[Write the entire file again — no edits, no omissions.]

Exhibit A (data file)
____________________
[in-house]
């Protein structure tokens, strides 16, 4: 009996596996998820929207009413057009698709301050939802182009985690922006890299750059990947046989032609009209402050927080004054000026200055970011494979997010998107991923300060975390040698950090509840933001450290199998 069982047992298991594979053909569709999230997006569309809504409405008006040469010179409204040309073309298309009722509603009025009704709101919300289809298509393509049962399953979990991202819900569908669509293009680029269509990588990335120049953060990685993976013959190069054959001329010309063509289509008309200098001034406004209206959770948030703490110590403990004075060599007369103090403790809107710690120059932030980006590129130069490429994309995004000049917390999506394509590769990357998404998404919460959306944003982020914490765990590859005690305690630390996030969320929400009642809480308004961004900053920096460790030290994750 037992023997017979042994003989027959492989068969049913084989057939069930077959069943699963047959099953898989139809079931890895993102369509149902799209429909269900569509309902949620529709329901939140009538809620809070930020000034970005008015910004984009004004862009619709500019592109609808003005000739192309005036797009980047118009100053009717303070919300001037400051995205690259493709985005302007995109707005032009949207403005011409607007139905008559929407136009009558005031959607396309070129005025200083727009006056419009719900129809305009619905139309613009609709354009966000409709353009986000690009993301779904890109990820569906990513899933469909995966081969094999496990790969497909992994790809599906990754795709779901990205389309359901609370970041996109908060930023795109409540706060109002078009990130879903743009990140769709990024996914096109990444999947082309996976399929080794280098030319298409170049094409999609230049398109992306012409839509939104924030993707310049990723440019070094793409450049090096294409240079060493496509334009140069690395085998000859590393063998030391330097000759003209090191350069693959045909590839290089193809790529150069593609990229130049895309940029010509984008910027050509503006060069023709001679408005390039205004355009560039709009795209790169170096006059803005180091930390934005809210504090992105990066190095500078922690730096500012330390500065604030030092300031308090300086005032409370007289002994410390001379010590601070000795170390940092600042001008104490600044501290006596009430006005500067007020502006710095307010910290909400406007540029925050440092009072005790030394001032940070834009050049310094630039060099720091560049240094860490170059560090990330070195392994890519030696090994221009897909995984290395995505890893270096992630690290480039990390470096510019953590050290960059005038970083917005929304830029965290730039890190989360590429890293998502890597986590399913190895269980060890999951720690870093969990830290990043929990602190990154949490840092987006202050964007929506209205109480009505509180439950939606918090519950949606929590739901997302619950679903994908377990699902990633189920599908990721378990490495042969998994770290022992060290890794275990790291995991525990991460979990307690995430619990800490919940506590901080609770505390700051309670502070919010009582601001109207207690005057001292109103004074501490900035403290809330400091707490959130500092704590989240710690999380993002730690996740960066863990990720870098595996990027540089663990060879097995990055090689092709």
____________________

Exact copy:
[in-house]
């Protein structure tokens, strides 16, 4: 009996596996998820929207009413057009698709301050939802182009985690922006890299750059990947046989032609009209402050927080004054000026200055970011494979997010998107991923300060975390040698950090509840933001450290199998 069982047992298991594979053909569709999230997006569309809504409405008006040469010179409204040309073309298309009722509603009025009704709101919300289809298509393509049962399953979990991202819900569908669509293009680029269509990588990335120049953060990685993976013959190069054959001329010309063509289509008309200098001034406004209206959770948030703490110590403990004075060599007369103090403790809107710690120059932030980006590129130069490429994309995004000049917390999506394509590769990357998404998404919460959306944003982020914490765990590859005690305690630390996030969320929400009642809480308004961004900053920096460790030290994750 037992023997017979042994003989027959492989068969049913084989057939069930077959069943699963047959099953898989139809079931890895993102369509149902799209429909269900569509309902949620529709329901939140009538809620809070930020000034970005008015910004984009004004862009619709500019592109609808003005000739192309005036797009980047118009100053009717303070919300001037400051995205690259493709985005302007995109707005032009949207403005011409607007139905008559929407136009009558005031959607396309070129005025200083727009006056419009719900129809305009619905139309613009609709354009966000409709353009986000690009993301779904890109990820569906990513899933469909995966081969094999496990790969497909992994790809599906990754795709779901990205389309359901609370970041996109908060930023795109409540706060109002078009990130879903743009990140769709990024996914096109990444999947082309996976399929080794280098030319298409170049094409999609230049398109992306012409839509939104924030993707310049990723440019070094793409450049090096294409240079060493496509334009140069690395085998000859590393063998030391330097000759003209090191350069693959045909590839290089193809790529150069593609990229130049895309940029010509984008910027050509503006060069023709001679408005390039205004355009560039709009795209790169170096006059803005180091930390934005809210504090992105990066190095500078922690730096500012330390500065604030030092300031308090300086005032409370007289002994410390001379010590601070000795170390940092600042001008104490600044501290006596009430006005500067007020502006710095307010910290909400406007540029925050440092009072005790030394001032940070834009050049310094630039060099720091560049240094860490170059560090990330070195392994890519030696090994221009897909995984290395995505890893270096992630690290480039990390470096510019953590050290960059005038970083917005929304830029965290730039890190989360590429890293998502890597986590399913190895269980060890999951720690870093969990830290990043929990602190990154949490840092987006202050964007929506209205109480009505509180439950939606918090519950949606929590739901997302619950679903994908377990699902990633189920599908990721378990490495042969998994770290022992060290890794275990790291995991525990991460979990307690995430619990800490919940506590901080609770505390700051309670502070919010009582601001109207207690005057001292109103004074501490900035403290809330400091707490959130500092704590989240710690999380993002730690996740960066863990990720870098595996990027540089663990060879097995990055090689092709």